Greatest All-Time Starting 5: Chicago Bulls
Here at Off the Glass we’re taking on the arduous task of going through every NBA teams’ greatest possible starting five, using players that have played for that franchise. A player at each position (Point Guard through Center) will be selected, along with a 6th man who can be any position.
This is how it works:
Players selected must have played at least two full seasons for the franchise
The selection will be based on a combination of statistics, accomplishments/accolades and their significance to the franchise in question
Players had to have predominantly played at that particular position for at least one season to be eligible
Let’s get started.
Point Guard – Derrick Rose: In the immediate, Bulls fans might only remember the tumultuous, injury riddled end to Derrick Rose’s tenure in Chicago. However, in 2008, when Rose was drafted by the Bulls and deemed the hometown kid turned savior, Derrick lifted Chicago from a perennial average team to a contender in the east. Oh, and he became the youngest player to ever win an MVP award, doing so in 2011 while dazzling fans with aggressive slashes to the rim often finished off with powerful dunks and acrobatic finishes. Unfortunately, his presence on the court was limited after suffering serious knee injuries in back-to-back seasons, but Rose showed promise as he started 66 games last season. After being traded to the New York Knicks this off-season, Derrick finished his Bulls career averaging 19.7 points and 6.2 assists per game. Best of luck in New York, D. Rose.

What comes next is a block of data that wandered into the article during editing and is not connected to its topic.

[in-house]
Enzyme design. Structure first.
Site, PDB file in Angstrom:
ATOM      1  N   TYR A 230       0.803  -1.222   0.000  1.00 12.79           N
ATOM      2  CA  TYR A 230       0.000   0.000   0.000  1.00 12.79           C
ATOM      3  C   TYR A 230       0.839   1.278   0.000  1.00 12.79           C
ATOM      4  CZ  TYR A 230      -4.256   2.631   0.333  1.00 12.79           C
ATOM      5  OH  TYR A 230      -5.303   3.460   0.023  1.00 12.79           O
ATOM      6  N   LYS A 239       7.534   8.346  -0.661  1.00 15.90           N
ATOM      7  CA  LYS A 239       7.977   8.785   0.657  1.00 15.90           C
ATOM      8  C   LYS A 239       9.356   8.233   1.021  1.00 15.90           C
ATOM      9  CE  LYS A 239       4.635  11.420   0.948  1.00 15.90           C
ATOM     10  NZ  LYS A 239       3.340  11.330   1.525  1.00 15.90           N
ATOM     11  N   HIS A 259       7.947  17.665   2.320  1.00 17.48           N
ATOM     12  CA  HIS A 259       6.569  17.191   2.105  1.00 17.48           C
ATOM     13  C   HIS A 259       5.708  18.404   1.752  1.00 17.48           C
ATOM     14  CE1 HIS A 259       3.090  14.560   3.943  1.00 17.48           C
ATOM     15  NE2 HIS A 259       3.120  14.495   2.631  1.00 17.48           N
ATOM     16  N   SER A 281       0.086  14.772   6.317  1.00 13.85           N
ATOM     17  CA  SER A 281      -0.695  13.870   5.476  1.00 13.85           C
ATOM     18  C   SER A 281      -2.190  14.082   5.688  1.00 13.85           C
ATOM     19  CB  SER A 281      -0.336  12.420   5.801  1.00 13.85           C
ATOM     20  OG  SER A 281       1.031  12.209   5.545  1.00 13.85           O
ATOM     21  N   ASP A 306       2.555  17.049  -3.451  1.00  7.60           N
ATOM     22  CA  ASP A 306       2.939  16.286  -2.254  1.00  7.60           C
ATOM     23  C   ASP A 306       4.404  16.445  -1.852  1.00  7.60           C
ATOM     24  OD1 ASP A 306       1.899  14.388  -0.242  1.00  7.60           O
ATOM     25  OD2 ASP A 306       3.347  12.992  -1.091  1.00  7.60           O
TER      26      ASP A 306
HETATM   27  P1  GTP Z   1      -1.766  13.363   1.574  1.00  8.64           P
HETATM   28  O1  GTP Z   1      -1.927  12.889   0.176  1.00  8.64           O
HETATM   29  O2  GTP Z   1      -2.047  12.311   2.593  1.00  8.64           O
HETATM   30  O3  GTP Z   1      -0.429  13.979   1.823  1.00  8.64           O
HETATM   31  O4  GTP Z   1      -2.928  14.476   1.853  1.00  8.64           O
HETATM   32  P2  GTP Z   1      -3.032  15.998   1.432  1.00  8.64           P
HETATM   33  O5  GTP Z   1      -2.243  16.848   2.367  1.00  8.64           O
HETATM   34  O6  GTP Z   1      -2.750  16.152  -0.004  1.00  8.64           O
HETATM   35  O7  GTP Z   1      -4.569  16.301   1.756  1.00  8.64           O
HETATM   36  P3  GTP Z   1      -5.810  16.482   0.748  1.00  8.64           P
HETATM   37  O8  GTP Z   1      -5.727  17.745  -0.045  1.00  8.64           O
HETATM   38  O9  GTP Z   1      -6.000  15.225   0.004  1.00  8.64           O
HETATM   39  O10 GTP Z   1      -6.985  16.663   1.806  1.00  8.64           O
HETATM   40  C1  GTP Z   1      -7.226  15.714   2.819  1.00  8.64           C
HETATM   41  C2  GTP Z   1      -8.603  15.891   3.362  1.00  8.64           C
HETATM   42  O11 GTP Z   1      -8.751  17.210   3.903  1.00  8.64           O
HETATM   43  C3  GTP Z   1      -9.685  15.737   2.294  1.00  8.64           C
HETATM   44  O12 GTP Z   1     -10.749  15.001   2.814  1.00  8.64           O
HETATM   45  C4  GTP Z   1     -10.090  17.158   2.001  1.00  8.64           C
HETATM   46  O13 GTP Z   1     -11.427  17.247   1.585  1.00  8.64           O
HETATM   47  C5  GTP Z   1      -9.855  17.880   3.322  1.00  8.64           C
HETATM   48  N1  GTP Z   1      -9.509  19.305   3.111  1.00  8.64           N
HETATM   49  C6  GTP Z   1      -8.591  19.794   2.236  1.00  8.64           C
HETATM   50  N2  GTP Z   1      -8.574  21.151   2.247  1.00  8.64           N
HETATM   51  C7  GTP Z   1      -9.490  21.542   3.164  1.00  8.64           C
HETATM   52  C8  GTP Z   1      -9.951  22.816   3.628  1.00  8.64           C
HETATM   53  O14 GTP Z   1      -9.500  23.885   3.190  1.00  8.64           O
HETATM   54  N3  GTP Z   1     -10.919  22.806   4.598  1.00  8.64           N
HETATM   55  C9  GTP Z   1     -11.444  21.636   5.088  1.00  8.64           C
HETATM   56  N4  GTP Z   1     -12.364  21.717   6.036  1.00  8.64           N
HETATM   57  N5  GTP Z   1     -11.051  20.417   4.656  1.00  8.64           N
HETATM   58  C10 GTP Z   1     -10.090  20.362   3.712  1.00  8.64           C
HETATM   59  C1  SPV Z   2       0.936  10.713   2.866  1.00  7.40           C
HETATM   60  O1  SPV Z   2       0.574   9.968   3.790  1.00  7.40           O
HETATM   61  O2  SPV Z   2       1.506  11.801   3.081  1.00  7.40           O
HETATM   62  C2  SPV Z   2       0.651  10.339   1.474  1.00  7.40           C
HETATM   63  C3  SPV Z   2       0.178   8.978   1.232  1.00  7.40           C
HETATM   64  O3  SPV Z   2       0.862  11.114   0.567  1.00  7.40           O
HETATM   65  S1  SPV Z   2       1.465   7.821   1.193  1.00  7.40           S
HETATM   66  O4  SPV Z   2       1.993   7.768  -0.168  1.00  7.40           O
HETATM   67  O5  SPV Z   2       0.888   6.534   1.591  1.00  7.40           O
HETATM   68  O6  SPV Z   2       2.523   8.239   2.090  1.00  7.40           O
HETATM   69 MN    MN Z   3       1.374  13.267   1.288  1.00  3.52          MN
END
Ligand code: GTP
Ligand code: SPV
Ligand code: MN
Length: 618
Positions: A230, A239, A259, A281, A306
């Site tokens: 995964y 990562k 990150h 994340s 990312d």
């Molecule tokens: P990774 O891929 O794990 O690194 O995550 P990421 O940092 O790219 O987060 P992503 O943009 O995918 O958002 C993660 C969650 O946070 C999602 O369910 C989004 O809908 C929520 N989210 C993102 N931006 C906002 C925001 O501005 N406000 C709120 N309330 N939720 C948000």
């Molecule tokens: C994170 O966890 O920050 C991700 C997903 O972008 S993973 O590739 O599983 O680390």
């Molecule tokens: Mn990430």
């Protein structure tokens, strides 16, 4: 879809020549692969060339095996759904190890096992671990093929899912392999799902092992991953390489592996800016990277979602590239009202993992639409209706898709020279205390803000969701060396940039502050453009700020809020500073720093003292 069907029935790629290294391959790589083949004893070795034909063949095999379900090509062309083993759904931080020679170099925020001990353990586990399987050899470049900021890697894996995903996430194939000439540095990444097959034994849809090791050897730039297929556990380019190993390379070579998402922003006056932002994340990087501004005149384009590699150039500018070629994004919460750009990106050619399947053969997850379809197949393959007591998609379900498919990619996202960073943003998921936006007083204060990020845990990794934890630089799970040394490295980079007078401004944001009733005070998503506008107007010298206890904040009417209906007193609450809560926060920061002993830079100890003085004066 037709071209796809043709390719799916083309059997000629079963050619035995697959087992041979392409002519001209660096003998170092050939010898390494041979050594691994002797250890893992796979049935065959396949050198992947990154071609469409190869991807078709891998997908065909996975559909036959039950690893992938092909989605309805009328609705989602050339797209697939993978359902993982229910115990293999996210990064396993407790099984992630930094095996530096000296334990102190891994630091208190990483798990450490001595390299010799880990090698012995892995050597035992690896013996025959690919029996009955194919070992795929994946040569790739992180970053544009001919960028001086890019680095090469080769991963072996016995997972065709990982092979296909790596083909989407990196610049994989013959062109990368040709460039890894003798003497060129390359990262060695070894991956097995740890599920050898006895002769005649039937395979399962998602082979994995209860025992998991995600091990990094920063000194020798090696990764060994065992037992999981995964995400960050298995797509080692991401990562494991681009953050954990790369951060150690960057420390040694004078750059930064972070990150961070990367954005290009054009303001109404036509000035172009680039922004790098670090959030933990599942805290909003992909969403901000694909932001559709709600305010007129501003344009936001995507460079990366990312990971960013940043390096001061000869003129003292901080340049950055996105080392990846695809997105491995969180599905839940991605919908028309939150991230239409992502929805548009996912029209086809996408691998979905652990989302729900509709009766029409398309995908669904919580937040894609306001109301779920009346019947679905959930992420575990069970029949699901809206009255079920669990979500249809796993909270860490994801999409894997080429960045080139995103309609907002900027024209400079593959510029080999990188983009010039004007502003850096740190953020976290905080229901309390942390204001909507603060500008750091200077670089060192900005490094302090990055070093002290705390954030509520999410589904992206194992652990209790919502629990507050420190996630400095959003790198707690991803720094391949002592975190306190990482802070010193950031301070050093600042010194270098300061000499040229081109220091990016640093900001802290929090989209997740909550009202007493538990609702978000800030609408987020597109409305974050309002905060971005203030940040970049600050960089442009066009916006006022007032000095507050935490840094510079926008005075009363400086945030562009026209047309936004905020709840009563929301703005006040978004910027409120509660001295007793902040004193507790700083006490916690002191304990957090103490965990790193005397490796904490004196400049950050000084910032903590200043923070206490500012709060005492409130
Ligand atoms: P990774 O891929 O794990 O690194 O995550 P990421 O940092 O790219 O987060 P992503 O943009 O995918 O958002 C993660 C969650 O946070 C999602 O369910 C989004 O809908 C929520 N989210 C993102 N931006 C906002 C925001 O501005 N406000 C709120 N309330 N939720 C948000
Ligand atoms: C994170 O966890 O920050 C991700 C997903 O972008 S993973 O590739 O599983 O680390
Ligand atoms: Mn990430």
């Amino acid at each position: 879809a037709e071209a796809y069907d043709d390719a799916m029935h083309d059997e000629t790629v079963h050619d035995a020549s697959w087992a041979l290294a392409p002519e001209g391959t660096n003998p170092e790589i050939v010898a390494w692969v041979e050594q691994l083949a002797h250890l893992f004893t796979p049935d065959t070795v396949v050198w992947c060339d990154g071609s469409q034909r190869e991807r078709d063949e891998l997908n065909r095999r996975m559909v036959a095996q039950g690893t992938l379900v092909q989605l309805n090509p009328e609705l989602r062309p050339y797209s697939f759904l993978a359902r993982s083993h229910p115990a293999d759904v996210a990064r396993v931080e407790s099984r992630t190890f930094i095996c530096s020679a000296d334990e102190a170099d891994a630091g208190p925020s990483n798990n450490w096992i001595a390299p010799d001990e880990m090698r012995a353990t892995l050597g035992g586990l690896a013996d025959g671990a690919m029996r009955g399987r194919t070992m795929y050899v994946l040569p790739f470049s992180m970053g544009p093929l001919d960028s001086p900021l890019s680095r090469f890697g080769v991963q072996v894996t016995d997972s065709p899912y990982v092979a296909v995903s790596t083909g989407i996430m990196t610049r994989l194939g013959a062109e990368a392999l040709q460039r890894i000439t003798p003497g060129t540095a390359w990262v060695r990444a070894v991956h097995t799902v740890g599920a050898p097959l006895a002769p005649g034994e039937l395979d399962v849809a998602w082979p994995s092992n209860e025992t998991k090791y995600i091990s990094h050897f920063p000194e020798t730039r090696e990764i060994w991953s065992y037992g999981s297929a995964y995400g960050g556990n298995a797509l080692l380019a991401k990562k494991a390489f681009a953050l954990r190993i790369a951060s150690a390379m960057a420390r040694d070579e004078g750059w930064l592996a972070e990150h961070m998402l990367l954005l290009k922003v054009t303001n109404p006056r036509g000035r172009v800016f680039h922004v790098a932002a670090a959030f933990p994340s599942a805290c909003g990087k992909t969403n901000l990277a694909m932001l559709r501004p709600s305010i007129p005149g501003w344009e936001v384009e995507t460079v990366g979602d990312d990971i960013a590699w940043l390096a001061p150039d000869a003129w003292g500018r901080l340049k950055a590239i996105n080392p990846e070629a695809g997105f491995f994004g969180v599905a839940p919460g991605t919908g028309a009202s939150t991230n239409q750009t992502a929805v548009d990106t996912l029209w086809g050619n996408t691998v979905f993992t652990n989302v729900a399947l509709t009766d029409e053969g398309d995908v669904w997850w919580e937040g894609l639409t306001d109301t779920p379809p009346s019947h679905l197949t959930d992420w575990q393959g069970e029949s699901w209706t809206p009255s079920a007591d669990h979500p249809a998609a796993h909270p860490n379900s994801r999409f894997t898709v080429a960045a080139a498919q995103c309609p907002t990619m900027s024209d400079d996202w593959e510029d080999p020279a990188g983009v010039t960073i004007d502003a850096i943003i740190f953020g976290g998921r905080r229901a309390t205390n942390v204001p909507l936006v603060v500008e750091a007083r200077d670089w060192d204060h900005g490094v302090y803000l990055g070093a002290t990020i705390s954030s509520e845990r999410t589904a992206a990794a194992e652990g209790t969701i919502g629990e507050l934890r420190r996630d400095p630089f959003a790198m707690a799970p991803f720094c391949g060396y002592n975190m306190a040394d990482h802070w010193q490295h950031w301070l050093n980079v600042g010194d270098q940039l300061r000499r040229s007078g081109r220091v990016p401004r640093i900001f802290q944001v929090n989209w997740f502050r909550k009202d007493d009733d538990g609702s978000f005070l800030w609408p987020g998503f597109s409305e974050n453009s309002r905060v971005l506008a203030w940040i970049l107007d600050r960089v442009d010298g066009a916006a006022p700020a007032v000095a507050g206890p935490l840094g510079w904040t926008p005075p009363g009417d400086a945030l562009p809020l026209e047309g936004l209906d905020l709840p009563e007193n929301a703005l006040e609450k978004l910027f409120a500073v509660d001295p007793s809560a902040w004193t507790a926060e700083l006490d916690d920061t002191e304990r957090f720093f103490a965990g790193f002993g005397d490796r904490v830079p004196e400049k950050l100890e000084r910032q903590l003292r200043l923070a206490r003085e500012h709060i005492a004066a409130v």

Shooting Guard – Michael Jordan: Part of me doesn’t even want to write this. Part of me just wants to put a picture of the bronze statue with MJ in that iconic pose outside the United Center as my explanation. After 13 seasons in Chicago (and two in Washington, even though I’m convinced that never actually happened) “His Royal Airness” finished his career with six championships, five MVP’s, three retirements, one Oscar deserving movie, and a cultural standing that will never be reached by any athlete ever again. He’s the greatest Bull of all-time, the greatest Birmingham Baron of all-time, and the greatest athlete of all-time. Here’s to another billion dollars, Mike.
Small Forward – Scottie Pippen: See above for statue reference. Pippen is one of the 50 greatest players of all-time. Some say his legacy was lifted by Jordan, but Scottie could ball in his own right. He averaged 17.7 points, 5.3 assists, and 6.7 rebounds per game during his 12 seasons with the Bulls. He was also a seven time NBA All-Star, a seven time All-NBA selection, and an eight time All-NBA Defense selection. What do you get when you add all of that up? One of the greatest all around players in NBA history and the greatest small forward to ever do it in Chicago.
Power Forward – Horace Grant: Grant was a key component of the Bulls first three-peat with Michael Jordan, as he held down the defensive side of the court. Horace averaged 12.6 points and 8.6 rebounds per game while with the Bulls. He was also named to the All-NBA Defensive team twice, all while making Rec Specs look cool. Sort of.
Center – Artis Gilmore: You might not know the name Artis Gilmore. An ABA star, the Chicago Bulls selected Gilmore with the first overall pick of the 1976 dispersal draft after the ABA folded. In just six and a half seasons with the Bulls, Gilmore was named an NBA All-Star four times. He was a force on both ends of the court, averaging 19.3 points, 2.1 blocks, and 11.1 rebounds per game during his time in Chicago. Seems like a career worth mentioning among the Bulls’ greats.
Sixth Man – Brian Scalabrine: “White Mamba” is possibly the greatest fan favorite player of all-time and he only averaged 4.2 minutes per game while with the Bulls, the team with which he ended his storied career. I like that kind of efficiency. If you need any further explanation, please see here.
Did I miss any of your favorite Grizzlies? Let me know if you agree or disagree –@matthewjshear